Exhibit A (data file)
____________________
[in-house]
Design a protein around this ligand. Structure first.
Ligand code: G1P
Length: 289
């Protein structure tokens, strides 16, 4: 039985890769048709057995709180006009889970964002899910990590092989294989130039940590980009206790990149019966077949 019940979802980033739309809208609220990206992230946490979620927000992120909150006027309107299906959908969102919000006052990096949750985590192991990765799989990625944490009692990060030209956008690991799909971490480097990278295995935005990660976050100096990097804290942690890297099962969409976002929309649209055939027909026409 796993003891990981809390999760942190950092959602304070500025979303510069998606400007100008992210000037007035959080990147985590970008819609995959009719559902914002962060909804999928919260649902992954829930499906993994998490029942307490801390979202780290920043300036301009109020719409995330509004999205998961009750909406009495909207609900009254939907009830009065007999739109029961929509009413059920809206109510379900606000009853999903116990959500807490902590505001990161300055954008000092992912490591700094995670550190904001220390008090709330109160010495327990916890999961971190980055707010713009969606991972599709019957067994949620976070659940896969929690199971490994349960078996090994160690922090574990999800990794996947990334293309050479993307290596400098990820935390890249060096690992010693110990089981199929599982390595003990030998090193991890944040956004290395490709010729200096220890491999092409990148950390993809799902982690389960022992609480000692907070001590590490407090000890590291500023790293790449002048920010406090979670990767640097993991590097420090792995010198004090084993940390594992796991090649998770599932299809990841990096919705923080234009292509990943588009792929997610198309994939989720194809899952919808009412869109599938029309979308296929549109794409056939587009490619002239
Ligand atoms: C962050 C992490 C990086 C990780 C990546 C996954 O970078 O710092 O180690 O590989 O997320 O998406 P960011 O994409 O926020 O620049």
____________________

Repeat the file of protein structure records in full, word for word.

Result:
[in-house]
Design a protein around this ligand. Structure first.
Ligand code: G1P
Length: 289
């Protein structure tokens, strides 16, 4: 039985890769048709057995709180006009889970964002899910990590092989294989130039940590980009206790990149019966077949 019940979802980033739309809208609220990206992230946490979620927000992120909150006027309107299906959908969102919000006052990096949750985590192991990765799989990625944490009692990060030209956008690991799909971490480097990278295995935005990660976050100096990097804290942690890297099962969409976002929309649209055939027909026409 796993003891990981809390999760942190950092959602304070500025979303510069998606400007100008992210000037007035959080990147985590970008819609995959009719559902914002962060909804999928919260649902992954829930499906993994998490029942307490801390979202780290920043300036301009109020719409995330509004999205998961009750909406009495909207609900009254939907009830009065007999739109029961929509009413059920809206109510379900606000009853999903116990959500807490902590505001990161300055954008000092992912490591700094995670550190904001220390008090709330109160010495327990916890999961971190980055707010713009969606991972599709019957067994949620976070659940896969929690199971490994349960078996090994160690922090574990999800990794996947990334293309050479993307290596400098990820935390890249060096690992010693110990089981199929599982390595003990030998090193991890944040956004290395490709010729200096220890491999092409990148950390993809799902982690389960022992609480000692907070001590590490407090000890590291500023790293790449002048920010406090979670990767640097993991590097420090792995010198004090084993940390594992796991090649998770599932299809990841990096919705923080234009292509990943588009792929997610198309994939989720194809899952919808009412869109599938029309979308296929549109794409056939587009490619002239
Ligand atoms: C962050 C992490 C990086 C990780 C990546 C996954 O970078 O710092 O180690 O590989 O997320 O998406 P960011 O994409 O926020 O620049």